OpaqueElementsAttr is technical debt from the very early days of MLIR, before I transformed ElementsAttr into an interface and when it was more difficult for dialects to define their own attributes. At present this attribute has no real value aside from being a convenient mechanism for eliding other ElementsAttr. IMHO we should delete it. The only user (that I know of) is TensorFlow, but that is merely because it has used this attribute since the beginning (i.e. years ago). Users today wouldn’t use OpaqueElementsAttr, and instead would/should go with the more ergonomic, maintainable, and usable approach of defining their own.
This thing doesn’t pay for itself, and I struggle to see a path to where it does (given ElementsAttr is an interface). Does anybody have serious concerns about getting rid of it? I’ve uploaded a patch here: ⚙ D129917 [mlir] Remove OpaqueElementsAttr
None. Thank you for cleaning up this early days debt.
Nice – love that it now prints elided attrs as splats so the IR is actually “real” and can be run through flows.
It’s interesting because I see this exactly as a regression right now (and I mean, if it was desired behavior it could have been the case from the beginning)
Yes, it is a fairly “dangerous” thing. Also splats are not the same as dense elements: various code paths do micro-optimize on that.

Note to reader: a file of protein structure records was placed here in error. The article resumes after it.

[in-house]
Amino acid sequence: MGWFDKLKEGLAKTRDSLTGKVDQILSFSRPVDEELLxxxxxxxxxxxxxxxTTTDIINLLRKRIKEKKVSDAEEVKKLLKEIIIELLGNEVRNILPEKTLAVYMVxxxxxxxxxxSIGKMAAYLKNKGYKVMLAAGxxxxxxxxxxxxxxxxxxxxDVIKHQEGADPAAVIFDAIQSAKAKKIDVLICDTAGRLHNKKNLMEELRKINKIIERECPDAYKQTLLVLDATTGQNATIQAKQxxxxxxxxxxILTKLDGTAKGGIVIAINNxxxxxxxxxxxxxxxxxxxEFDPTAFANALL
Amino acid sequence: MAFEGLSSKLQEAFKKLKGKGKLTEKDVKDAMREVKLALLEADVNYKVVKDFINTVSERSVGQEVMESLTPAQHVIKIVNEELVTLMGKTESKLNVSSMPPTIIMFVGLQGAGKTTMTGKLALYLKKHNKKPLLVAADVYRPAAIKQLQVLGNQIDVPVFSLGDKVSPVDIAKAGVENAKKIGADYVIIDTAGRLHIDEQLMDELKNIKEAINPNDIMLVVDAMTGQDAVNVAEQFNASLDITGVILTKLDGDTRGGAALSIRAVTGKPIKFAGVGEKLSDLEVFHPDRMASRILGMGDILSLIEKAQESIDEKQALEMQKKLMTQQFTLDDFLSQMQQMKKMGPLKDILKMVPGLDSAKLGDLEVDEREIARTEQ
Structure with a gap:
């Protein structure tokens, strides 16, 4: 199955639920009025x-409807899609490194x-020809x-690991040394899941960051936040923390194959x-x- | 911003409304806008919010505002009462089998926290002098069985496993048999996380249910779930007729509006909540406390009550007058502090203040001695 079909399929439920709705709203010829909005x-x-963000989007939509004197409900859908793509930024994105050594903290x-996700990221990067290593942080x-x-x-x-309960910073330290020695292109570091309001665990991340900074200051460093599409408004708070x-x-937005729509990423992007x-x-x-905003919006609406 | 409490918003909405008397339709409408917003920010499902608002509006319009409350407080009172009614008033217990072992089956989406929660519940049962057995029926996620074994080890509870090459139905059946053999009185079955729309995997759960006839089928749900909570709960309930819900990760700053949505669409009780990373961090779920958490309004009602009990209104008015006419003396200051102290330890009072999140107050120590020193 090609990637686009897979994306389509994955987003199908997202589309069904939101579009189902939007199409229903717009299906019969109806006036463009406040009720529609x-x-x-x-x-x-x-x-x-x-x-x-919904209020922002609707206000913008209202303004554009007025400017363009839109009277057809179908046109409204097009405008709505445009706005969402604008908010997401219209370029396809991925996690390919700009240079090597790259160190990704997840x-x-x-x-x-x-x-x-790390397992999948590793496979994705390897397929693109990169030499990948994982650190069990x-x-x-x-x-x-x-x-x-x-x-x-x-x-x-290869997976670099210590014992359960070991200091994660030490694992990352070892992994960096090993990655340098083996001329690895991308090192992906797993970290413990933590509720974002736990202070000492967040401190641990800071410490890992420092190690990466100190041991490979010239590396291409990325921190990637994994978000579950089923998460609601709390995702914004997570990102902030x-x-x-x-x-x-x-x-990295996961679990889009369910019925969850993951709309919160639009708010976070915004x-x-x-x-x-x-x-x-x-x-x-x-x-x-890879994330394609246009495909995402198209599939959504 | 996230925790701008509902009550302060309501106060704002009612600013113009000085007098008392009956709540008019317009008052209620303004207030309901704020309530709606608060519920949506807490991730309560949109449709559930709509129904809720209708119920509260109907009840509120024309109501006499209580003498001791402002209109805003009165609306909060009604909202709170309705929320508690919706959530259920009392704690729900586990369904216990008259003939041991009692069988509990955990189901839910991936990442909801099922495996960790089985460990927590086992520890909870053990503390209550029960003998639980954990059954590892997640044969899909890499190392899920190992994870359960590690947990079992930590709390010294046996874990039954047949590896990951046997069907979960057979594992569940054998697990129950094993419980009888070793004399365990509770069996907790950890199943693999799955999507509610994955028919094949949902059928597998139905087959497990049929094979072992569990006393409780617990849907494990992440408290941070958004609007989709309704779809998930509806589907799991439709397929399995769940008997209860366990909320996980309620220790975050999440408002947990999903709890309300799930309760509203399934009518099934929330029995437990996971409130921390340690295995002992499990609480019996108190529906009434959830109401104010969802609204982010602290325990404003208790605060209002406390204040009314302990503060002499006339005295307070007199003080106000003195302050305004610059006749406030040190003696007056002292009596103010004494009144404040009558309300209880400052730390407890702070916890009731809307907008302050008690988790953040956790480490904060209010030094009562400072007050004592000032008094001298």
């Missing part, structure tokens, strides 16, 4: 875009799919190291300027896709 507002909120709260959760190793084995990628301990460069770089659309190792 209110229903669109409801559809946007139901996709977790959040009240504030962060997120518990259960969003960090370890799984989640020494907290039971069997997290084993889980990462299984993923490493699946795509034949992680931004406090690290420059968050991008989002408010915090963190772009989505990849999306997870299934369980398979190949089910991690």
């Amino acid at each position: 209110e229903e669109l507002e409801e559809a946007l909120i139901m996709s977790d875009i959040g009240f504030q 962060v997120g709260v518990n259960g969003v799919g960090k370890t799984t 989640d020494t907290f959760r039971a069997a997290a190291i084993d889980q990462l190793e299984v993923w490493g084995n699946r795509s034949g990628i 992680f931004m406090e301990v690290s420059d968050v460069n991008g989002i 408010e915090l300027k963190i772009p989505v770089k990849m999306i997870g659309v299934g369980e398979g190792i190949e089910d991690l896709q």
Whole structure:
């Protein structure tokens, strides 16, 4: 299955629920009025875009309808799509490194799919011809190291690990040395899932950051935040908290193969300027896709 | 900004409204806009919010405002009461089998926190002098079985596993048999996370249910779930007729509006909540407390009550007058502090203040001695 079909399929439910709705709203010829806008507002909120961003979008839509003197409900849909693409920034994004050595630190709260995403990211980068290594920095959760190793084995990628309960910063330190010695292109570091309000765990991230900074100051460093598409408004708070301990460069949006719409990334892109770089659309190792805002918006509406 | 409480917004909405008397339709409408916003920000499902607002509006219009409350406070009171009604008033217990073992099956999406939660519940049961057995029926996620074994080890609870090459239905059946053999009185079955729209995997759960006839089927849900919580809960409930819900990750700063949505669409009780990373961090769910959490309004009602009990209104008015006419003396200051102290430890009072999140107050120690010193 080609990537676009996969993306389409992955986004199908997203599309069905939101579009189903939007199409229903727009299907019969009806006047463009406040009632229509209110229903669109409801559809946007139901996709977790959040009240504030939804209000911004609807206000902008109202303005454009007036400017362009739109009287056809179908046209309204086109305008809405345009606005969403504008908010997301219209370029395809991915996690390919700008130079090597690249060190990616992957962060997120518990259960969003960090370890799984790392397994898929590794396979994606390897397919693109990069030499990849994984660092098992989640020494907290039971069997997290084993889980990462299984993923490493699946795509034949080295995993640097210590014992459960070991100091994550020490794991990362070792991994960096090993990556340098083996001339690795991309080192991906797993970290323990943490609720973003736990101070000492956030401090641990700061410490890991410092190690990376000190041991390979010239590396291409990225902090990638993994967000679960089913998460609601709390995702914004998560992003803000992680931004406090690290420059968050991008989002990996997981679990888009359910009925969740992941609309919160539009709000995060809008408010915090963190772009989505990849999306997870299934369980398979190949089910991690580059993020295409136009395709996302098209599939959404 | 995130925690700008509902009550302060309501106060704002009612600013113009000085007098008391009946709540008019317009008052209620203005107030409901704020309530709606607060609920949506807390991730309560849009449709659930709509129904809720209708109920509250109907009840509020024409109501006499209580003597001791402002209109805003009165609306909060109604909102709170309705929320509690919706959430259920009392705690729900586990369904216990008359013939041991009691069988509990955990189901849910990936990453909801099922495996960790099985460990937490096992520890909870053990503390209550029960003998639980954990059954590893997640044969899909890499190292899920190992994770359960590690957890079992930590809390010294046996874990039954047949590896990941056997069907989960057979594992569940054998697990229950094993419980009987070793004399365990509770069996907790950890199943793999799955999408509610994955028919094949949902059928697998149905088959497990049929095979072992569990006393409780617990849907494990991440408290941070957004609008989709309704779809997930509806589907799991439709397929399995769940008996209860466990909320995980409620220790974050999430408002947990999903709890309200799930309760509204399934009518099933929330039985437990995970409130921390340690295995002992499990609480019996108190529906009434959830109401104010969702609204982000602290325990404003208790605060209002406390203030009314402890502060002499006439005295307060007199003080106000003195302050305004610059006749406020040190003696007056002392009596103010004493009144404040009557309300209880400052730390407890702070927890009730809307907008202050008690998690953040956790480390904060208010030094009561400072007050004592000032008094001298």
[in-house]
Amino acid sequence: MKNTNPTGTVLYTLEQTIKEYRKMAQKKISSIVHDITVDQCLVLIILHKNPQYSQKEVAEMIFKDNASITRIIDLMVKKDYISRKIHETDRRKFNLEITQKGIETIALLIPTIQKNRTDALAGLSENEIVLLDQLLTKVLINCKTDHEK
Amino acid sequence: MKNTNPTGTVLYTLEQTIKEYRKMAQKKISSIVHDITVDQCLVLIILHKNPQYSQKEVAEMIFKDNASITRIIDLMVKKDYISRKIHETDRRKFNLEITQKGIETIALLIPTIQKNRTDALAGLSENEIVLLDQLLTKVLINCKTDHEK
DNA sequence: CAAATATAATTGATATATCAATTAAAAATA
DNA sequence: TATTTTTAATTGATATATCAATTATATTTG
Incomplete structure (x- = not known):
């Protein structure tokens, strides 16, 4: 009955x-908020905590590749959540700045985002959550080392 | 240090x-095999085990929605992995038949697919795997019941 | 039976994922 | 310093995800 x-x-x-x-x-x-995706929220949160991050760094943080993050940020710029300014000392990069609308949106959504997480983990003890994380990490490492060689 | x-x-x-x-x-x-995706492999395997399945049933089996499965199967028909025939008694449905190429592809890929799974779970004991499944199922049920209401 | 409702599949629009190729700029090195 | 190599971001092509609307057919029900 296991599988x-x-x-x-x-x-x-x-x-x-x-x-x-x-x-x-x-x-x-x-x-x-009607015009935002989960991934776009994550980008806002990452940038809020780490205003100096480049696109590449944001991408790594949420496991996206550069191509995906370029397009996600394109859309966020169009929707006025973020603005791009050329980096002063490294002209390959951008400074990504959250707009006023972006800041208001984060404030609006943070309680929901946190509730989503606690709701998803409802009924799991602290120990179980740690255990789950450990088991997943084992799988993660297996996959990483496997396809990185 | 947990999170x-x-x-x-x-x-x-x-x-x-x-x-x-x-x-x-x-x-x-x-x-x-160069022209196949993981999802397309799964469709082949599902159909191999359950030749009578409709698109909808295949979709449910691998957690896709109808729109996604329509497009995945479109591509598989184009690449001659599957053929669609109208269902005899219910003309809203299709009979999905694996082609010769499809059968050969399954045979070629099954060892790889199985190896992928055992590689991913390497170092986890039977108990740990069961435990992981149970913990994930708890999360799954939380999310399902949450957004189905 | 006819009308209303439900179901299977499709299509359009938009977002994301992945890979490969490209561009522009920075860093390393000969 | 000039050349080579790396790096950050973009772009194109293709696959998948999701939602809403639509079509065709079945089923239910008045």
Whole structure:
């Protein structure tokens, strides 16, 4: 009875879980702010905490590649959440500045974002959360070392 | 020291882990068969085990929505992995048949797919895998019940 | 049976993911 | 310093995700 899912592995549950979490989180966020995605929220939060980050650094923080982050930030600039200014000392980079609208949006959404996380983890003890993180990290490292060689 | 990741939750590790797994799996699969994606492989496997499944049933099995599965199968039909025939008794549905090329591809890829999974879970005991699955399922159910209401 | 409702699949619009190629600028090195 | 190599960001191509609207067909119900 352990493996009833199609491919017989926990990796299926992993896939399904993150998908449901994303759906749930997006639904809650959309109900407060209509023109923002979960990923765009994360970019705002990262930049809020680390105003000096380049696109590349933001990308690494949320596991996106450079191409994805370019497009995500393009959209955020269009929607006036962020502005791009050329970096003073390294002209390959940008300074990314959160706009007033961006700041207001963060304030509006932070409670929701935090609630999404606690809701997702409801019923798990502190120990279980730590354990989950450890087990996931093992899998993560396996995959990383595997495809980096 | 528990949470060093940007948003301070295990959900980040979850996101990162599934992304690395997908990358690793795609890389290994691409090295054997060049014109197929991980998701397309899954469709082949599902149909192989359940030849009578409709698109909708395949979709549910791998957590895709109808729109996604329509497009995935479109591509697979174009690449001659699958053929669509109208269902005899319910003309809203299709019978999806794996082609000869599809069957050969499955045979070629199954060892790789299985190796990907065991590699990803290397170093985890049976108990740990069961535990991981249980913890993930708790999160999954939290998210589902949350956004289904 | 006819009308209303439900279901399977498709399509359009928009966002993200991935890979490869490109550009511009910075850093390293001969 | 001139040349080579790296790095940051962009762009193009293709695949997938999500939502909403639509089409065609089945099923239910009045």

(but agreed with the convenience factor: just wary that this does actually change the behavior of the compiler)
This is a big sticking point for me though, given that by changing DenseElementsAttr to something else we are already changing the behavior of the compiler (and potentially creating verification errors). No one should expect elided elements to work the same way as non-elided. The big thing here I guess, is what the actual desired behavior on elision is. We are currently making tradeoffs of what is acceptable to be broken and what isn’t, but we shouldn’t pretend that any solution we come up with will be correct in all forms.
I guess I’m more just calling out that before, the IR was syntactically valid but in all likelihood, unless if manipulating it further, it wouldn’t actually be usable in place of the original. From one perspective, that is a feature. From the other perspective, it is sure convenient that it now most likely does “something”, but we are left with that “something” being undefined and a potential footgun (i.e. I expect that folks will now go out and use this flag to produce versions of IR for some kind of benchmarking in cases where they “don’t care about the values”).
Just something to keep in mind. I’m not sure what the answer is or that there is a real issue.